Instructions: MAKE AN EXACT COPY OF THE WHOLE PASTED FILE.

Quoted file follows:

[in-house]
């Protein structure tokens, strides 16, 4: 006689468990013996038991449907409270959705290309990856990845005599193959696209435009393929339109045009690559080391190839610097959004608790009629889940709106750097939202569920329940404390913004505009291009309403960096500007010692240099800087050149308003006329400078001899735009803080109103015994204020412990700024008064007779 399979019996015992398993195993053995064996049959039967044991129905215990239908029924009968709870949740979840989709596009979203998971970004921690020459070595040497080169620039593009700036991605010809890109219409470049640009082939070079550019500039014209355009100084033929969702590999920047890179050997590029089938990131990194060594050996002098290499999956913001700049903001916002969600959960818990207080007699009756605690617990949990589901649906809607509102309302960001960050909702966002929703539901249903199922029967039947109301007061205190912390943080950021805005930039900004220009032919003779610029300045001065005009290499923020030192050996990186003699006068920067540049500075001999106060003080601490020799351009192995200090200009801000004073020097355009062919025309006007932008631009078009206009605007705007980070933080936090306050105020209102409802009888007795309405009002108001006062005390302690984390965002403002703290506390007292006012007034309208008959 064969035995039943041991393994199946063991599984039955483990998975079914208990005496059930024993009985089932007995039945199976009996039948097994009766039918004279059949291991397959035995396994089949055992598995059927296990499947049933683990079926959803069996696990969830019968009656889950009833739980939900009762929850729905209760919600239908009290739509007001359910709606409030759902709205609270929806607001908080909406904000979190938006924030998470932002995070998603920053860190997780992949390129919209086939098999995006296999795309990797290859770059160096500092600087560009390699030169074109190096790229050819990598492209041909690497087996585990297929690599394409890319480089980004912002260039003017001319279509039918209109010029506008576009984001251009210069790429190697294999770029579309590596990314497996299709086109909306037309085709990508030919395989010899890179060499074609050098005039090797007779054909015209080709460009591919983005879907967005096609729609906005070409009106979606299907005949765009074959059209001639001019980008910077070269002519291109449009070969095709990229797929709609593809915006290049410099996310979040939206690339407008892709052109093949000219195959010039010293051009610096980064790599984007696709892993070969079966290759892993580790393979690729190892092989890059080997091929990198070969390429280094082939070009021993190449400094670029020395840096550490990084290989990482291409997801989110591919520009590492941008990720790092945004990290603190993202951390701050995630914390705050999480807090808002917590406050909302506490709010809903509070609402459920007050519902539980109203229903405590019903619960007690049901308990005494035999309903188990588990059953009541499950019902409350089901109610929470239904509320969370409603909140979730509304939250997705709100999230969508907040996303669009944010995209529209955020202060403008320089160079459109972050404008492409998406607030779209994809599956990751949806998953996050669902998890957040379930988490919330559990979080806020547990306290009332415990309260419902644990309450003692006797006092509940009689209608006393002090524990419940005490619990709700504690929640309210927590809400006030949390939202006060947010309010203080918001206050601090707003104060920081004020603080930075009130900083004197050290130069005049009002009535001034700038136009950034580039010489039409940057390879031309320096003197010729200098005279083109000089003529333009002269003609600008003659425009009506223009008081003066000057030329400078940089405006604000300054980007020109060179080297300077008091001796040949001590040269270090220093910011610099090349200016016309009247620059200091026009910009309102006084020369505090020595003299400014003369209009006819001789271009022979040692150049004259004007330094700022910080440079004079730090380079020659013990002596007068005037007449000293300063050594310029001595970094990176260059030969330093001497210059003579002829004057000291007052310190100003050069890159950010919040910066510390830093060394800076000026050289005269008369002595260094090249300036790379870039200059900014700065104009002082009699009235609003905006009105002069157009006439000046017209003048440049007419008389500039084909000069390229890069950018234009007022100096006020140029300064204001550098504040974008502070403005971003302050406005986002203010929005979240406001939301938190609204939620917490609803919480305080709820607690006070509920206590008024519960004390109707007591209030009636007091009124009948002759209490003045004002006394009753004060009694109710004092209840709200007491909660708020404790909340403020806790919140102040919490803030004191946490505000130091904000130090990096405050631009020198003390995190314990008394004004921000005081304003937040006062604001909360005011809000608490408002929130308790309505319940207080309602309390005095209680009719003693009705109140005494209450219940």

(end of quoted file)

[in-house]
């Protein structure tokens, strides 16, 4: 006689468990013996038991449907409270959705290309990856990845005599193959696209435009393929339109045009690559080391190839610097959004608790009629889940709106750097939202569920329940404390913004505009291009309403960096500007010692240099800087050149308003006329400078001899735009803080109103015994204020412990700024008064007779 399979019996015992398993195993053995064996049959039967044991129905215990239908029924009968709870949740979840989709596009979203998971970004921690020459070595040497080169620039593009700036991605010809890109219409470049640009082939070079550019500039014209355009100084033929969702590999920047890179050997590029089938990131990194060594050996002098290499999956913001700049903001916002969600959960818990207080007699009756605690617990949990589901649906809607509102309302960001960050909702966002929703539901249903199922029967039947109301007061205190912390943080950021805005930039900004220009032919003779610029300045001065005009290499923020030192050996990186003699006068920067540049500075001999106060003080601490020799351009192995200090200009801000004073020097355009062919025309006007932008631009078009206009605007705007980070933080936090306050105020209102409802009888007795309405009002108001006062005390302690984390965002403002703290506390007292006012007034309208008959 064969035995039943041991393994199946063991599984039955483990998975079914208990005496059930024993009985089932007995039945199976009996039948097994009766039918004279059949291991397959035995396994089949055992598995059927296990499947049933683990079926959803069996696990969830019968009656889950009833739980939900009762929850729905209760919600239908009290739509007001359910709606409030759902709205609270929806607001908080909406904000979190938006924030998470932002995070998603920053860190997780992949390129919209086939098999995006296999795309990797290859770059160096500092600087560009390699030169074109190096790229050819990598492209041909690497087996585990297929690599394409890319480089980004912002260039003017001319279509039918209109010029506008576009984001251009210069790429190697294999770029579309590596990314497996299709086109909306037309085709990508030919395989010899890179060499074609050098005039090797007779054909015209080709460009591919983005879907967005096609729609906005070409009106979606299907005949765009074959059209001639001019980008910077070269002519291109449009070969095709990229797929709609593809915006290049410099996310979040939206690339407008892709052109093949000219195959010039010293051009610096980064790599984007696709892993070969079966290759892993580790393979690729190892092989890059080997091929990198070969390429280094082939070009021993190449400094670029020395840096550490990084290989990482291409997801989110591919520009590492941008990720790092945004990290603190993202951390701050995630914390705050999480807090808002917590406050909302506490709010809903509070609402459920007050519902539980109203229903405590019903619960007690049901308990005494035999309903188990588990059953009541499950019902409350089901109610929470239904509320969370409603909140979730509304939250997705709100999230969508907040996303669009944010995209529209955020202060403008320089160079459109972050404008492409998406607030779209994809599956990751949806998953996050669902998890957040379930988490919330559990979080806020547990306290009332415990309260419902644990309450003692006797006092509940009689209608006393002090524990419940005490619990709700504690929640309210927590809400006030949390939202006060947010309010203080918001206050601090707003104060920081004020603080930075009130900083004197050290130069005049009002009535001034700038136009950034580039010489039409940057390879031309320096003197010729200098005279083109000089003529333009002269003609600008003659425009009506223009008081003066000057030329400078940089405006604000300054980007020109060179080297300077008091001796040949001590040269270090220093910011610099090349200016016309009247620059200091026009910009309102006084020369505090020595003299400014003369209009006819001789271009022979040692150049004259004007330094700022910080440079004079730090380079020659013990002596007068005037007449000293300063050594310029001595970094990176260059030969330093001497210059003579002829004057000291007052310190100003050069890159950010919040910066510390830093060394800076000026050289005269008369002595260094090249300036790379870039200059900014700065104009002082009699009235609003905006009105002069157009006439000046017209003048440049007419008389500039084909000069390229890069950018234009007022100096006020140029300064204001550098504040974008502070403005971003302050406005986002203010929005979240406001939301938190609204939620917490609803919480305080709820607690006070509920206590008024519960004390109707007591209030009636007091009124009948002759209490003045004002006394009753004060009694109710004092209840709200007491909660708020404790909340403020806790919140102040919490803030004191946490505000130091904000130090990096405050631009020198003390995190314990008394004004921000005081304003937040006062604001909360005011809000608490408002929130308790309505319940207080309602309390005095209680009719003693009705109140005494209450219940």